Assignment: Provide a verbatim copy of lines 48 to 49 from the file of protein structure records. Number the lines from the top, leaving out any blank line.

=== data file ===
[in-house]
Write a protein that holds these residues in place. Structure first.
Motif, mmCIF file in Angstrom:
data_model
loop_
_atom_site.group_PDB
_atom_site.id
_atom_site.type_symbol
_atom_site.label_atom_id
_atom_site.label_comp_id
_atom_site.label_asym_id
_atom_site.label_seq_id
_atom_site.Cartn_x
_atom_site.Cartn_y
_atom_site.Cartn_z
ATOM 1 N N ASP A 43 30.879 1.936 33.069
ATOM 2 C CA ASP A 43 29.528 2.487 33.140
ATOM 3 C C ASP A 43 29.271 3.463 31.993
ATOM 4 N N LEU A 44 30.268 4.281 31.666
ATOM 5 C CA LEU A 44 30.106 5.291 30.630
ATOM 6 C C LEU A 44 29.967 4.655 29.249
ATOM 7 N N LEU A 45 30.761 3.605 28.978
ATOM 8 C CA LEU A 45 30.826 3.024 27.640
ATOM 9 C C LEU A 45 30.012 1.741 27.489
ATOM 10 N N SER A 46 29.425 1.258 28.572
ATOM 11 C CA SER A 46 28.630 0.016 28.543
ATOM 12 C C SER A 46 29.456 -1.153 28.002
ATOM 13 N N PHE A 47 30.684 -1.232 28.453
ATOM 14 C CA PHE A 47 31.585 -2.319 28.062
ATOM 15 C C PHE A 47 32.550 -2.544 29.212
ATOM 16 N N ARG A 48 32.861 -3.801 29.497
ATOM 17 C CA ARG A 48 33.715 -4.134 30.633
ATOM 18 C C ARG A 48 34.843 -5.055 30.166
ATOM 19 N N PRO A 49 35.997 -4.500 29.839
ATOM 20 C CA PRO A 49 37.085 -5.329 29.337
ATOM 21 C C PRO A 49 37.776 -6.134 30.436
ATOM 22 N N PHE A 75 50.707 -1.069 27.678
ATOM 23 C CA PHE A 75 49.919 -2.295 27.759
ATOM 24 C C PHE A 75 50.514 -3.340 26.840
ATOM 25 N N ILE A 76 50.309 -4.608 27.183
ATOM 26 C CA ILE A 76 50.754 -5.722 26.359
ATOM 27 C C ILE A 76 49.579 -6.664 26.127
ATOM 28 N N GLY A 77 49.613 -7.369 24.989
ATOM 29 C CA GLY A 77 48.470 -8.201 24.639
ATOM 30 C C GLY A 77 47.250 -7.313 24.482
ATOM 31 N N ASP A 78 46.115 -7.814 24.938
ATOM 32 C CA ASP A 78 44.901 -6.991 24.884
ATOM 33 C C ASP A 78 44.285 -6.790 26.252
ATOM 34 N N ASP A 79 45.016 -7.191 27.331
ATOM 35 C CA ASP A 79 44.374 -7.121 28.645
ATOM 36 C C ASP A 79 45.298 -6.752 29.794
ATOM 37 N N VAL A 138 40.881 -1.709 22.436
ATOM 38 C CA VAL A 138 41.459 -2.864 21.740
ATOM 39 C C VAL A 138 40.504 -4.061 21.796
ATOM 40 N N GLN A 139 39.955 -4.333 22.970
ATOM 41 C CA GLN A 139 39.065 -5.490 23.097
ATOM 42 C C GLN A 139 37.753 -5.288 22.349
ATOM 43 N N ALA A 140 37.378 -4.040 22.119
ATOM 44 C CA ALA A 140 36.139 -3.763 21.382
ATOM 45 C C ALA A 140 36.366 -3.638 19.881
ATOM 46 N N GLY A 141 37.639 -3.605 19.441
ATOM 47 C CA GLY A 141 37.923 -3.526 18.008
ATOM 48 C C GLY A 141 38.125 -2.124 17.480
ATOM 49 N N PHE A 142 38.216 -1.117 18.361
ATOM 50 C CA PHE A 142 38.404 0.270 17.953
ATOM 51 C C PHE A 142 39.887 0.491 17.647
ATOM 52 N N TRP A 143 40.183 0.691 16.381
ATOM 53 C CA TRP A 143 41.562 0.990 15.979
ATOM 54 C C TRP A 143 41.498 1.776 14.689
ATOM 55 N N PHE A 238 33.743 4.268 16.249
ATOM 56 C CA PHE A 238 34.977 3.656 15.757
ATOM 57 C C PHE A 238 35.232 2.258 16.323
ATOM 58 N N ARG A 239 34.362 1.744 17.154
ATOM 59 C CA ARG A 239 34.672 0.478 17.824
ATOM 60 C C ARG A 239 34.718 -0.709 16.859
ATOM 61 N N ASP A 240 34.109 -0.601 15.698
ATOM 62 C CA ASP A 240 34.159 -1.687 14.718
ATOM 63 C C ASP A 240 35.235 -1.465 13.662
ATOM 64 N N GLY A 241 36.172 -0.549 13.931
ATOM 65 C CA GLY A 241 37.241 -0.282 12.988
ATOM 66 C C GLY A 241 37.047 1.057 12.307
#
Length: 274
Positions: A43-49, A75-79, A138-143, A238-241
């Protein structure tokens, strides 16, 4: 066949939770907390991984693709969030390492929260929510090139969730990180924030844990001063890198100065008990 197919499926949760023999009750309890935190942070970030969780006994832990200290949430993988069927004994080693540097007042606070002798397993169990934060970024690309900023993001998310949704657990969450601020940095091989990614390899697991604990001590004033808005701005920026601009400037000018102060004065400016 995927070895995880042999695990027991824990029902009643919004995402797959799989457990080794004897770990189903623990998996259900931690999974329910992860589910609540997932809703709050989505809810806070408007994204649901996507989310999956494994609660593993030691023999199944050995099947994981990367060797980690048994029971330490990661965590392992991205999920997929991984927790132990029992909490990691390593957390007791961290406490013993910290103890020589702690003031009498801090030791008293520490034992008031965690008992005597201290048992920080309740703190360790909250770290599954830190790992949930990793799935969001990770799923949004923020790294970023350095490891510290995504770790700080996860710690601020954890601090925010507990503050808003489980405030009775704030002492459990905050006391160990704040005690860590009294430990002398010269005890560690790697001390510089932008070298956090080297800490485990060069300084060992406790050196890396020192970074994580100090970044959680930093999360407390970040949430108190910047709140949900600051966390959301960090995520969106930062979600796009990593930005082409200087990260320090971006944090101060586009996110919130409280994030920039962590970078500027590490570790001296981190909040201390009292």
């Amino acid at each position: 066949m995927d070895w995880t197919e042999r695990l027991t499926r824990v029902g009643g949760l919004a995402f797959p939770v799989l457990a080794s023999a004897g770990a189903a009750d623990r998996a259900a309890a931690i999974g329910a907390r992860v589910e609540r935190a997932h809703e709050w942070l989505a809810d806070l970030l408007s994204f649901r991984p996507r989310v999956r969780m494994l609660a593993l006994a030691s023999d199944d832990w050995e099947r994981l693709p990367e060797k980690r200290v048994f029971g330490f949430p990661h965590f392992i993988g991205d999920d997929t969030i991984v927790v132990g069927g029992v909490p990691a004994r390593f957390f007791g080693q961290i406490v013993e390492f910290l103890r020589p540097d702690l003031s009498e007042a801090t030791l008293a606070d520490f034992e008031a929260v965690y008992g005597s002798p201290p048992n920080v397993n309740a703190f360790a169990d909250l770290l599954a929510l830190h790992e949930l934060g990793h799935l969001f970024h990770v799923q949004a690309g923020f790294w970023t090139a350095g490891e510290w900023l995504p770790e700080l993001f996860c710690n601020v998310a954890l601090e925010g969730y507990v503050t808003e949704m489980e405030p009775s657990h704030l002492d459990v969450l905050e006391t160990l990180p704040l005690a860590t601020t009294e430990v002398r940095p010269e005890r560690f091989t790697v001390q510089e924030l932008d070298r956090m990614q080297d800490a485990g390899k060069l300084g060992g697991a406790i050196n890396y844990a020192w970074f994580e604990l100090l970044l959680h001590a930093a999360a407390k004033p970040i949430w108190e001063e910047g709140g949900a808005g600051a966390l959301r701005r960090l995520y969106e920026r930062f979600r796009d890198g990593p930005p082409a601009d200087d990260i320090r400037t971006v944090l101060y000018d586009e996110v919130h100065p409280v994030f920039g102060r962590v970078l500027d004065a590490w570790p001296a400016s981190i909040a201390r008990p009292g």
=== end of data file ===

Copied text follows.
ATOM 33 C C ASP A 78 44.285 -6.790 26.252
ATOM 34 N N ASP A 79 45.016 -7.191 27.331